I’ve known Earl longer than any of you. And, as I realised watching the video of well wishes his INMA family made to honour this milestone, some of you have known Earl a very long time. The old photos dug up during this project make me wonder: Was he 12 when he started here?
Almost. Earl and I met in the summer of 1987. I was 20 and an intern. He was 21, the business editor of The Tyler Morning Telegraph, and a college student. Because, Earl. Back then he was just as intense, just as smart, just as funny, just as passionate about media. But he had hair and old-school East Texas glasses. Thankfully, INMA’s retired European Division Manager Inge Van Gaal introduced him to European style during her time with us. We are all grateful.
The plan was to celebrate Earl’s milestone — and INMA’s 90th year — in Paris this past April at our annual World Congress of News Media. But COVID had other plans.
Earl’s actual INMA anniversary is July 1. On that date in 1990, he started at INMA’s Washington, D.C., offices. He had my job back then as he was in charge of content, such that it was three decades ago. In the middle of a pandemic and taking care of this organisation and the global media industry, we missed that actual milestone date. So today, we honour Earl with gifts, well wishes, and virtual toasts from all over the world.
Here is a sampling of the well wishes in a 35-minute video gifted to Earl (the video above is a shorter photo version of his years with INMA) — which came with many raised glasses of bourbon, Belgium beer, wine, one fake glass of champagne, a red solo cup of Olympia beer, German schnaps from an INMA shot glass, and a margarita from Arizona:
INMA President Damian Eales, global head of transformation at News Corp: “Your contribution to this organisation has been unmatched. You embody INMA, indeed you are the backbone that binds us, you are the beating heart whose rhythm we resonate, you are the conscience that ensures we are never complacent. You have been in this for the long haul, demonstrating both resilience and reinvention. You’ve demonstrated the wisdom of the ages and the energy of youth.”
Ross McPherson, executive chairman of McPherson Media in Australia: “Fantastic contribution to INMA and our companies and our understanding of what’s happening in the world.”
Shaun Higgins of The Spokesman-Review in the United States: “When we first met and started working together about 30 years ago, INMA felt privileged to have a seat at any table involving the future of the American newspaper industry, let alone media. Then we went through a period where people wanted to deny us a seat at that table. And then 30 years later, we find that INMA is the table and you’re sitting at the head of it.” Remarkable? Not really: “You brought more drive more energy, more intelligence, and frankly more vision to this organisation and to the industry than anyone else I can think of.”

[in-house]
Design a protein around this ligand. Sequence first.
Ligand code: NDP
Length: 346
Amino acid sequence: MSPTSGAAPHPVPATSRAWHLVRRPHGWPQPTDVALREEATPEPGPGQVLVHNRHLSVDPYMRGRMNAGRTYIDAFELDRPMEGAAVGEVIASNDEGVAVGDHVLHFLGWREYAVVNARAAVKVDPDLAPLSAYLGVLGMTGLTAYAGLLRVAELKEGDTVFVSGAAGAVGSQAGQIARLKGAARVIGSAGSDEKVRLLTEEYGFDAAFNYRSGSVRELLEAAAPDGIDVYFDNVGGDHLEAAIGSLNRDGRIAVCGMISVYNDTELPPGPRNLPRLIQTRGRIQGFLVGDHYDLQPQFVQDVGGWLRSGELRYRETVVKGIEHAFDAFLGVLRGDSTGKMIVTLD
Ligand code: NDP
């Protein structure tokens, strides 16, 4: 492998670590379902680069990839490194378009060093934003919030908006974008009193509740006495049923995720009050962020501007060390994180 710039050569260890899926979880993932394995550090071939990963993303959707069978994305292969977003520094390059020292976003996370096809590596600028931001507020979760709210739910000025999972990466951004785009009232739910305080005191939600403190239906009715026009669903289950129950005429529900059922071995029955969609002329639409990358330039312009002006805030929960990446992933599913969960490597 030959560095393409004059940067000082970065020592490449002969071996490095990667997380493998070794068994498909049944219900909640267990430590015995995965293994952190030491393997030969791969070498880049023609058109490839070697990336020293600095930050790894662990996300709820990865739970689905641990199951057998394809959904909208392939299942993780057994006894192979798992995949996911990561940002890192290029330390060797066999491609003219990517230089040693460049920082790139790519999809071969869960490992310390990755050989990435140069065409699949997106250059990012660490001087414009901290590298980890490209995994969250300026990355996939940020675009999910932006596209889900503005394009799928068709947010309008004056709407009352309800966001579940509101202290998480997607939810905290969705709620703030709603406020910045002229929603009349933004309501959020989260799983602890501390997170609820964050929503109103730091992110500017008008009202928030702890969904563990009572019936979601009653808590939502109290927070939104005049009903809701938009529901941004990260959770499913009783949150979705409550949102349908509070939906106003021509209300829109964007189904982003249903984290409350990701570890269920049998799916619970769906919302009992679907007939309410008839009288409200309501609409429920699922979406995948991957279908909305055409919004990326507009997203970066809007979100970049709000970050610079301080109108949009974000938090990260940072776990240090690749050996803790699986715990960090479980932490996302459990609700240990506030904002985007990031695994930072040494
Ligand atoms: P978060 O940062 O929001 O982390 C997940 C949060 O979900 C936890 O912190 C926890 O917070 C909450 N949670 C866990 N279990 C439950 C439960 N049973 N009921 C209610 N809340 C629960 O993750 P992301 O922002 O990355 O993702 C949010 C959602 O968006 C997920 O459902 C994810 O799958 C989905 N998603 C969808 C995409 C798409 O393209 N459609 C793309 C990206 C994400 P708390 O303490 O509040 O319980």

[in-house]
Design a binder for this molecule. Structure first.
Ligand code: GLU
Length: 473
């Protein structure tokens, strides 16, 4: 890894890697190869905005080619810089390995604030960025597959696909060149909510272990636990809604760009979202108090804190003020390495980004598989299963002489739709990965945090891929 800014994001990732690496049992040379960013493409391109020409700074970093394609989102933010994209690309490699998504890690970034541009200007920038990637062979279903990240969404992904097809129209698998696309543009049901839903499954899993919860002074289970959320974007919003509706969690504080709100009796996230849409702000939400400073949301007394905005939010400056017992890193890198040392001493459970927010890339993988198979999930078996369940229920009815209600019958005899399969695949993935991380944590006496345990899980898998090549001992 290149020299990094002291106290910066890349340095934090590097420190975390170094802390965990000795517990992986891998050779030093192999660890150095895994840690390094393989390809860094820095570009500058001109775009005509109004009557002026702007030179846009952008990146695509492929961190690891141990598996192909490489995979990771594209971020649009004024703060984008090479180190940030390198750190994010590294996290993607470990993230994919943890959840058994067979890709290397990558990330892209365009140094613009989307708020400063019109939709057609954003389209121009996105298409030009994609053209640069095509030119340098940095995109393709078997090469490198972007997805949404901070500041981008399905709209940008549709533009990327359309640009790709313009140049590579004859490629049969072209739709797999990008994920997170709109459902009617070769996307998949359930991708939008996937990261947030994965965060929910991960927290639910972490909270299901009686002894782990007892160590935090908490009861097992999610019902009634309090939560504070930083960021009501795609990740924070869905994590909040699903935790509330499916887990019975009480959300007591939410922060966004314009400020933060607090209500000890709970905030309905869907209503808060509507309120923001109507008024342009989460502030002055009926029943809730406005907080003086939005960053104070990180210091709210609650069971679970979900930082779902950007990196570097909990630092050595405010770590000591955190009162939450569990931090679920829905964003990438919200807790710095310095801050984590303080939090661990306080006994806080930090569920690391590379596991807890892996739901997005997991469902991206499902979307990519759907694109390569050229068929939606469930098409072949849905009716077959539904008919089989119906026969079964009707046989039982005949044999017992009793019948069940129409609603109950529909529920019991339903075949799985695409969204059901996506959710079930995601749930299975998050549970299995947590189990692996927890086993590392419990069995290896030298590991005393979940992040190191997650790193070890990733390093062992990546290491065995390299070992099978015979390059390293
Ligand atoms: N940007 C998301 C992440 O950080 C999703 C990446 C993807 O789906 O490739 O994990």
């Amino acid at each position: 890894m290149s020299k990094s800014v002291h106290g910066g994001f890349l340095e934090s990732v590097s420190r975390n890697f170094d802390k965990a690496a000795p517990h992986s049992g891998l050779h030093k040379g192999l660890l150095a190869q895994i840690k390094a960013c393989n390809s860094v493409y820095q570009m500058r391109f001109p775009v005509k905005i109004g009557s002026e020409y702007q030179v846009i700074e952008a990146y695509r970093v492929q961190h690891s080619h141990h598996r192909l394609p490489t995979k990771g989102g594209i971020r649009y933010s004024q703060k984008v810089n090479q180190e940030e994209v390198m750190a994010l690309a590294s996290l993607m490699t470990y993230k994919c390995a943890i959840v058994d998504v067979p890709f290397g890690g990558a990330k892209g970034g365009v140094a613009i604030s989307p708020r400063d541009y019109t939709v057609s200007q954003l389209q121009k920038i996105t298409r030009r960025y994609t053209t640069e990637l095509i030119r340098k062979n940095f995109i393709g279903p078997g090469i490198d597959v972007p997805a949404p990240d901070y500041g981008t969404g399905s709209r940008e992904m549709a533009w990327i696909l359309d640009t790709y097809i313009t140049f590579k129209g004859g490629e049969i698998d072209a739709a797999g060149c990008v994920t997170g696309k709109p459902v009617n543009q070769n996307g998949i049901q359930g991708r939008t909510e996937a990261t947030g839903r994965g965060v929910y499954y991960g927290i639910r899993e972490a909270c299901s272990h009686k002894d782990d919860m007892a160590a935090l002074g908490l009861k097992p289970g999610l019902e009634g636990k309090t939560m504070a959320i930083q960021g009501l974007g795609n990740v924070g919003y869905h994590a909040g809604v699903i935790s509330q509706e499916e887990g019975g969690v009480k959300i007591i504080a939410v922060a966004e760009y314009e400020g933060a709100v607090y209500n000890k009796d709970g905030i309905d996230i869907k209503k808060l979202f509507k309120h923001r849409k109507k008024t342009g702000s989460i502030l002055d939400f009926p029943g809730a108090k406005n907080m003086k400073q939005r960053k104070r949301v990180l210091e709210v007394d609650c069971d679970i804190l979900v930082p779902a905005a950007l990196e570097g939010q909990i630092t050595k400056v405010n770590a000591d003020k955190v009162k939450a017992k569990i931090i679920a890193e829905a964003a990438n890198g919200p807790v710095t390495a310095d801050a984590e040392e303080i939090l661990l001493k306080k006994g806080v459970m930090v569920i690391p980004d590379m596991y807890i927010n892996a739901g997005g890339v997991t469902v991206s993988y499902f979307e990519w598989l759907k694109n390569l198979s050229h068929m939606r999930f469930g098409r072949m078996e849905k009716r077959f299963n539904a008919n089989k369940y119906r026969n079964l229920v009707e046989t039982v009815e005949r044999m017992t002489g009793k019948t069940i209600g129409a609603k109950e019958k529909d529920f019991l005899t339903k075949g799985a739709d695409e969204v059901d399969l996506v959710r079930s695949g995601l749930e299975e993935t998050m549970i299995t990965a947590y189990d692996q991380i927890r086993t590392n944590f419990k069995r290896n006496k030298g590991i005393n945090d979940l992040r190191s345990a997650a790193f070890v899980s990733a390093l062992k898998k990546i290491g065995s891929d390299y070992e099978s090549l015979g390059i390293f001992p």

Joe Frederickson, retired from The Press-Enterprise in the United States: “For the last 30 years, tens of thousands of executives and practitioners all of the world have learned and benefitted from your unfailing vision, your futuristic outlook, and your clarity of thought. And over that time, your unswerving dedication to the organisation and its members all have always been at the forefront of everything you do.”
Ed Efchak of North Jersey Media Group in the United States: “In a media world that’s upside down, you’ve managed to keep INMA right side up for a long, long time.”
Suzi Watford, executive vice president of marketing and membership at The Wall Street Journal in the United States: “Your enthusiasm and energy for our industry is hugely motivating and you are a joy to be around.”
Inge Van Gaal, former INMA European division manager in Belgium: “[INMA] opened the world. It made us see that things that are very, very close are different … sometimes very far away are quite the same. So it brought us an open view to many things.”
Thomas Mattsson, senior advisor at Bonnier News Group in Sweden: “You’ve made INMA WINMA.”
Olivier Bonsart of Ouest-France: “You’ve been such a disruptor.”
Pam Siddall, co-president of Advance Local in the United States: “It’s just been amazing to watch you lead the team, especially this year with COVID. Super proud of what you’ve done and what INMA’s accomplished.”
Sanjay Gupta, editor-in-chief and CEO of Jagran Prakashan in India: “You’ve seen the transformation of the newsroom coming from print only to now nearly digital.”
Espen Egil Hansen, former director of new media concepts at Schibsted in Norway: “Being a part of INMA is not only about achieving by working hard together. It’s also about friendship. And you, my dear Earl, are such a big part of that.”
Chris Janz, chief digital and publishing officer at Nine in Australia: “We may not be the same industry as we were in 1990, but your contribution to our sustainable future has never been more important.”
Debby Krenek, publisher of Newsday Media Group in the United States: “You have helped our businesses become so much stronger for everything that you’ve done.”
Many wished to see him soon again — in person. Some questioned if Earl was old enough to be here for 30 years. Sadly, I can confirm he is.
One thing I realised recently is I don’t know what the “J” stands for in Earl J. Wilkinson. Maybe I once did. But Robert Whitehead, INMA’s digital platforms guru and director of McPherson Media Group, solved that mystery in his congratulatory message for Earl: “Juggernaut.”
Of course. And skål, my friend.